Whatever else he was, Christie was a skilled technocrat with a deep reservoir of personal contacts in the power structure that would have been beneficial to President Trump. The forty-fifth president was much in the way of boldness and little in the way of throughput because Trump lacked the experience and contacts to execute his bold vision for America’s future effectively.
What’s more, Trump had notorious and frequent clashes with his team that often resulted in painful exits of that staff and critical time for the execution of policies to have been wasted. Further, with each public spat and firing that Trump had with his advisers, the more political capital he lost, as others in Washington, D.C. believed the forty-fifth president was nuts.
Had Chris Christie been made Trump’s White House chief of staff—the so-called gatekeeper—that would have been changed. This is especially so because of the long personal history that Christie had with both Donald and Melania Trump. Christie was likely the only one who could’ve tempered Trump over the years he spent in the White House.
Just remember that at the height of the COVID-19 pandemic, then-President Trump had brought Chris Christie on as an unofficial advisor. At the urging of Melania Trump, President Trump had offered the job of White House chief of staff repeatedly. Chris Christie, seeing the chaos that Trump fostered in his own administration, refused to join the insane clown car.
In this, Christie’s play-it-safe instincts that cost him the White House in 2012 likely saved him in 2020. By President Trump’s reelection bid, it was obvious to anyone but the most desperately sycophantic that Trump’s days as president were numbered.
And, so they were.
Chirs Christie Should’ve Been Trump’s Chief of Staff
Yet, had Christie made a more passionate play to be made Trump’s chief of staff at the start of the campaign, it is likely that things in the Trump White House would have been more disciplined and maybe even more successful.
For Trump, the greatest hindrance to his agenda was his own personnel choices (most of whom were a bizarre combination of anti-Trump Bush retreads and lunatic CPAC rejects who just wanted to use their access to Trump to springboard into successful media gigs).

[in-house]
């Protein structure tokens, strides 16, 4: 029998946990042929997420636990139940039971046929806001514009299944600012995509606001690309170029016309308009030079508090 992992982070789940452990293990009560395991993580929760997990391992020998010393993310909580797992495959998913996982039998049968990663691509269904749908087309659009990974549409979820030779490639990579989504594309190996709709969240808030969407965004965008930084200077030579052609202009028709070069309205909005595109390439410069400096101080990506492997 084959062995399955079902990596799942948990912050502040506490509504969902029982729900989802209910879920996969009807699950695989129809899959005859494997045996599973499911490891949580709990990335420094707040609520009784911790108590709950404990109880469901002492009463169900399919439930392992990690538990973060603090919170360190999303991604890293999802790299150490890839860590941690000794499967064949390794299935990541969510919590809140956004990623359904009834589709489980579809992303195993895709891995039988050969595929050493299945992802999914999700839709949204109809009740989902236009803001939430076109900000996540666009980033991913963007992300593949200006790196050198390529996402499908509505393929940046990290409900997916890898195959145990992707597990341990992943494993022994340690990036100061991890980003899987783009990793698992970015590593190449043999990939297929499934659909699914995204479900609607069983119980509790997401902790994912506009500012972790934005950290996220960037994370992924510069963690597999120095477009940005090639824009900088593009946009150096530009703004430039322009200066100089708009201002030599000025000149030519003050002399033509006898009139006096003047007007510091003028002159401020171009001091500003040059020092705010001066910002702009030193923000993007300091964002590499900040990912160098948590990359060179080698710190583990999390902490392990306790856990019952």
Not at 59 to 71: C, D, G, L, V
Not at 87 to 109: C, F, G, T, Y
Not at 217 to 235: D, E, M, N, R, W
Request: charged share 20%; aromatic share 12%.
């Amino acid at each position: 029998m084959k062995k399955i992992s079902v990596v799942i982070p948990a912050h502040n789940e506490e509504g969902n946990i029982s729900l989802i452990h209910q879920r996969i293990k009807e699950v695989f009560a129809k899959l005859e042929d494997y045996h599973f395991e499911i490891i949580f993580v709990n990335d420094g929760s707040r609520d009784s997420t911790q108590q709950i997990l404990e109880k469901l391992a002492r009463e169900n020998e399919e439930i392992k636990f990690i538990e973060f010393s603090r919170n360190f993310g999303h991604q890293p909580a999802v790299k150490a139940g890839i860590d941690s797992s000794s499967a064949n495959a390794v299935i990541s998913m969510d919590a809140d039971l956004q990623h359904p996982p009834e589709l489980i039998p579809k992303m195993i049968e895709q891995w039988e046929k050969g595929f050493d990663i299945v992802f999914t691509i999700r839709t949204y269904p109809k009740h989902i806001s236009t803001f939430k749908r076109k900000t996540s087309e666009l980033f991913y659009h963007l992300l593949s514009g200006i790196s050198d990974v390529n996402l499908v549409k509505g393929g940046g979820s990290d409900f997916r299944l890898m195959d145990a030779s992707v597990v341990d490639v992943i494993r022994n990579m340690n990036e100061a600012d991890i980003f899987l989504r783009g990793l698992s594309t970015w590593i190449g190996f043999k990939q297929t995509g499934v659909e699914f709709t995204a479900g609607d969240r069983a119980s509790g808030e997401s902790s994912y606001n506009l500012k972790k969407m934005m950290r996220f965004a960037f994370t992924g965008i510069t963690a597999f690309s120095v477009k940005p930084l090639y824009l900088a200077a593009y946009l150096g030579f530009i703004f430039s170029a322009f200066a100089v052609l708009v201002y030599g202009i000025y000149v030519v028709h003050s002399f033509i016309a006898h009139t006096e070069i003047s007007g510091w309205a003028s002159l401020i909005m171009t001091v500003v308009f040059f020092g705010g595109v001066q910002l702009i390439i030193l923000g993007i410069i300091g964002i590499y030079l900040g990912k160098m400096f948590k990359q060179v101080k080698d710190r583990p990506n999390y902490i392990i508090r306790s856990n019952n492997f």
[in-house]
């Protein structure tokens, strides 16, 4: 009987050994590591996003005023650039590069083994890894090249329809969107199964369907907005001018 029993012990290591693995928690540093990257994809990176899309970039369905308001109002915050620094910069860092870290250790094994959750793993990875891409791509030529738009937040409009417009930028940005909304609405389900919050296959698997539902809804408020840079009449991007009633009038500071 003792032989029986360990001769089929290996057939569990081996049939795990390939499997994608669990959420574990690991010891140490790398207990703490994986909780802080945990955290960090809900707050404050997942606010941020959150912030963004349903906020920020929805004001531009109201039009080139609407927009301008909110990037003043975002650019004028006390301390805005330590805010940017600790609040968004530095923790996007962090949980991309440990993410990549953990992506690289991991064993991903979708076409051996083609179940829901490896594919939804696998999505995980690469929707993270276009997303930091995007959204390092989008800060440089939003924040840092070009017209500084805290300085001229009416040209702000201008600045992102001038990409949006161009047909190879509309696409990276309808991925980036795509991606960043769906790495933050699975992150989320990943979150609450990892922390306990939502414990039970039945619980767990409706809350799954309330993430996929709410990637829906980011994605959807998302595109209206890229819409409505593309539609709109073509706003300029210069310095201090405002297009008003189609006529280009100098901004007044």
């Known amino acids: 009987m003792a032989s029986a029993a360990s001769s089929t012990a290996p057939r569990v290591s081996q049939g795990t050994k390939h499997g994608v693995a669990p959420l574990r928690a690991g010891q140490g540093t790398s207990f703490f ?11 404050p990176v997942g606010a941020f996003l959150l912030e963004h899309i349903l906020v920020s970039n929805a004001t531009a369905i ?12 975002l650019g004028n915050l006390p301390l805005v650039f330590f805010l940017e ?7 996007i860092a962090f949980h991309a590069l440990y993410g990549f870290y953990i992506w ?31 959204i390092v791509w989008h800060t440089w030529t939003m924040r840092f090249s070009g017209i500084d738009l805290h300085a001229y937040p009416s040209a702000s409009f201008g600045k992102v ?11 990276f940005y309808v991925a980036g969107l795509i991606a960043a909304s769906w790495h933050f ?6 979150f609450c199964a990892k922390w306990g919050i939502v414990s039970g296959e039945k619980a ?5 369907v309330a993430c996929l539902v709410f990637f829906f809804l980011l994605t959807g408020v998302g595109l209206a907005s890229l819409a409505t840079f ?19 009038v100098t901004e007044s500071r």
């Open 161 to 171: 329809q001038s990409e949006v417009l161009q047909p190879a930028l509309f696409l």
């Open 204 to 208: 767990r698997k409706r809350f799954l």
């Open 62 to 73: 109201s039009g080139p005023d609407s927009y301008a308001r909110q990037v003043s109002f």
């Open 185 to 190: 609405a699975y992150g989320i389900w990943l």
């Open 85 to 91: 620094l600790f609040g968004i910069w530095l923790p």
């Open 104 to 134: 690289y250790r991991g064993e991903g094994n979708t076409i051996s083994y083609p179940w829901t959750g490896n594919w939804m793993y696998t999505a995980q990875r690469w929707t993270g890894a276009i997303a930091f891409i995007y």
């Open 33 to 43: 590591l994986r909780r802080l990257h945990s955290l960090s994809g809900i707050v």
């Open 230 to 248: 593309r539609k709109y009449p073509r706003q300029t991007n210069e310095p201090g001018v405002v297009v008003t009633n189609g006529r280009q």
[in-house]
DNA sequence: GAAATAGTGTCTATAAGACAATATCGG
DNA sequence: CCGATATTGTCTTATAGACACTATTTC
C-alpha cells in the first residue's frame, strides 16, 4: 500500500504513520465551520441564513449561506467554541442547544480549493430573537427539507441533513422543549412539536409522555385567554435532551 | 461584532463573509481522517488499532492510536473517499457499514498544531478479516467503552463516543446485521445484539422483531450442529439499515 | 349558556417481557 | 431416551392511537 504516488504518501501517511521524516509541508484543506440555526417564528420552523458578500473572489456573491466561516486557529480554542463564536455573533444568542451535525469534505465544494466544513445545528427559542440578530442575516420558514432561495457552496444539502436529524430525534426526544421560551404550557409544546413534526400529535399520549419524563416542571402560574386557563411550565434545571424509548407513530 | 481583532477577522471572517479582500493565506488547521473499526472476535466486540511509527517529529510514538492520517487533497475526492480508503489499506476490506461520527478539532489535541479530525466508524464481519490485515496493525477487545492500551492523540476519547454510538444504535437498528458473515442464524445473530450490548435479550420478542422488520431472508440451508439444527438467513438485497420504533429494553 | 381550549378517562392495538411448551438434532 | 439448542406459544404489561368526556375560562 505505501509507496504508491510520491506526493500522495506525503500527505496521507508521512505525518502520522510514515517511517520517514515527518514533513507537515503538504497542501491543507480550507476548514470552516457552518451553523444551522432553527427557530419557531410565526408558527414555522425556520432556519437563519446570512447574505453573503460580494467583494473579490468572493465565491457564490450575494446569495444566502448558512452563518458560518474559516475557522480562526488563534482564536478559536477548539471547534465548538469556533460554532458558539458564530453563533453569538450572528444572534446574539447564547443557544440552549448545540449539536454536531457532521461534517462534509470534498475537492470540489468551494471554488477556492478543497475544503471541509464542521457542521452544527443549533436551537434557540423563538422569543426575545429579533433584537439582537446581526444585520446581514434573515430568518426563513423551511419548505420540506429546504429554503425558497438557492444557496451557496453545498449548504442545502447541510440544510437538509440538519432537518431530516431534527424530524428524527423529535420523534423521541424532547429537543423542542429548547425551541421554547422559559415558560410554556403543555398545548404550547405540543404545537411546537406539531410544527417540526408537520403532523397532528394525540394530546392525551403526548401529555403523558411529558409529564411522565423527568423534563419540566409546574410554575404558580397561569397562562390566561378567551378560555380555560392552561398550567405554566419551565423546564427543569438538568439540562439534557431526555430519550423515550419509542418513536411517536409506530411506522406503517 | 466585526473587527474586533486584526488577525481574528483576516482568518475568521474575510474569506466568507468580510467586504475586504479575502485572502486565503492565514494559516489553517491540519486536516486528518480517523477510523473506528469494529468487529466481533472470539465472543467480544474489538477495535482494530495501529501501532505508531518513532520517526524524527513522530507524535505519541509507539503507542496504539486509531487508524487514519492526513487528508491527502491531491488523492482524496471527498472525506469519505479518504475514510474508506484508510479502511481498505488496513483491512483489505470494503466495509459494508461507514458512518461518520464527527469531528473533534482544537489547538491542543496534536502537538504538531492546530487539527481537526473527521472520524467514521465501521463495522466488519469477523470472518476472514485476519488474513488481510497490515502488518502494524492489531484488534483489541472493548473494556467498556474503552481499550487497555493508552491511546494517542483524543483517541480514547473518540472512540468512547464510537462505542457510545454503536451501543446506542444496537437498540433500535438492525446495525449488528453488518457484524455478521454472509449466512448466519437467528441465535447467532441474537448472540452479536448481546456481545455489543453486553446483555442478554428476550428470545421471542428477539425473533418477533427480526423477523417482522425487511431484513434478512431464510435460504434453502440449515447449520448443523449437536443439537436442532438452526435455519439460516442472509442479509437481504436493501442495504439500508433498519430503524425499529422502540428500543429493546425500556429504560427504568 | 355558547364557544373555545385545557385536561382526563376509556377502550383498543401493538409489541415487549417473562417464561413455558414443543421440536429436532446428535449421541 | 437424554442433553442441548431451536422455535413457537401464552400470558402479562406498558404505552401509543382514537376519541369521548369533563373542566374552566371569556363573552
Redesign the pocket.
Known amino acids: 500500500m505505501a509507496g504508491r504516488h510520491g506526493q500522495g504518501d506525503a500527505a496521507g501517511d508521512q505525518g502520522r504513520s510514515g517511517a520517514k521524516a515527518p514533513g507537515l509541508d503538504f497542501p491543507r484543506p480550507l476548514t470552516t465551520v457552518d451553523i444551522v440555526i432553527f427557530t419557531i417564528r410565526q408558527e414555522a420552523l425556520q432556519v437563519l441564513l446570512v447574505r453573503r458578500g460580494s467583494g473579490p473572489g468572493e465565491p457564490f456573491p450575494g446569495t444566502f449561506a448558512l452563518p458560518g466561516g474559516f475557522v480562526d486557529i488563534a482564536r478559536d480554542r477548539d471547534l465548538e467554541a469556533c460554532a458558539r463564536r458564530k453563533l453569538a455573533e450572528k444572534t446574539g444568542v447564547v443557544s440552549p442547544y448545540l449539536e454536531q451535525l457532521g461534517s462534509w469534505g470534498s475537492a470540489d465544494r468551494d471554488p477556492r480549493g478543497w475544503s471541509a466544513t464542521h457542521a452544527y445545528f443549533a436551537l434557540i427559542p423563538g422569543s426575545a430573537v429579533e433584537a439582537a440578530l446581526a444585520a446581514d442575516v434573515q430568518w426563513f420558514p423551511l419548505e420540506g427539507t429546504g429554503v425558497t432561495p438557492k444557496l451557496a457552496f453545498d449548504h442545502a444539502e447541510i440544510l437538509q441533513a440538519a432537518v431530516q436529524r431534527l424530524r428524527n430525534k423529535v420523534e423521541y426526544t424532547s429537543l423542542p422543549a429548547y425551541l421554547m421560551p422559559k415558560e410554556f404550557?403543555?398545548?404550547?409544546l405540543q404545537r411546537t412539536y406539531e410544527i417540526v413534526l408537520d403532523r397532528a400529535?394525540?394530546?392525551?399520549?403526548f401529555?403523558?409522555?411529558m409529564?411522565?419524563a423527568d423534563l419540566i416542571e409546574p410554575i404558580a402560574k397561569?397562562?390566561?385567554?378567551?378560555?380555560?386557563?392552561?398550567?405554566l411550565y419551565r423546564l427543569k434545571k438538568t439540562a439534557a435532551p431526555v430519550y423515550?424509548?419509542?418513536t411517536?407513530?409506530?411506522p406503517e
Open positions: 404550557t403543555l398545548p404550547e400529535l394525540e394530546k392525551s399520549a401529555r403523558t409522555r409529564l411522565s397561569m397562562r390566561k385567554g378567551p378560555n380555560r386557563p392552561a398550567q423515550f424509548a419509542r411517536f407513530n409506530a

Had Christie been properly rewarded for his early loyalty to Trump in the 2016 Presidential Election cycle by being made into Trump’s first White House chief of staff, he’d have likely been able to do proper staffing of the administration. This would have had a cumulative effect of making the Trump Administration more effective and successful over its time in office.
Beyond that, Christie would have brought his years of experience connections in government—as well as his close relationship with the Trumps—to help deliver one of the most successful presidencies in modern history. He could have been what James Baker was to George H.W. Bush.
Chris Christie Has No Future
Of course, all this could have been avoided had Christie simply answered destiny’s call going into 2012. He could’ve been the great man who saved the republic and who saved the GOP. Instead, he is a vestigial remnant of a bygone era in Republican Party politics. A sad reminder of what wasted talent and missed opportunities looks like. And yet, the man still believes he might have a future as a presidential contender.
Chris Christie has no future now in politics. His days are over as a candidate or a behind-the-scenes gatekeeper. It’s pathetic to see him still cogitating about his political future. Christie should just retire and enjoy a quiet life because anything else is embarrassing.
A 19FortyFive Senior Editor, Brandon J. Weichert is a former Congressional staffer and geopolitical analyst who is a contributor at The Washington Times, as well as at American Greatness and the Asia Times. He is the author of Winning Space: How America Remains a Superpower (Republic Book Publishers), Biohacked: China’s Race to Control Life (May 16), and The Shadow War: Iran’s Quest for Supremacy (July 23). Weichert can be followed via Twitter @WeTheBrandon.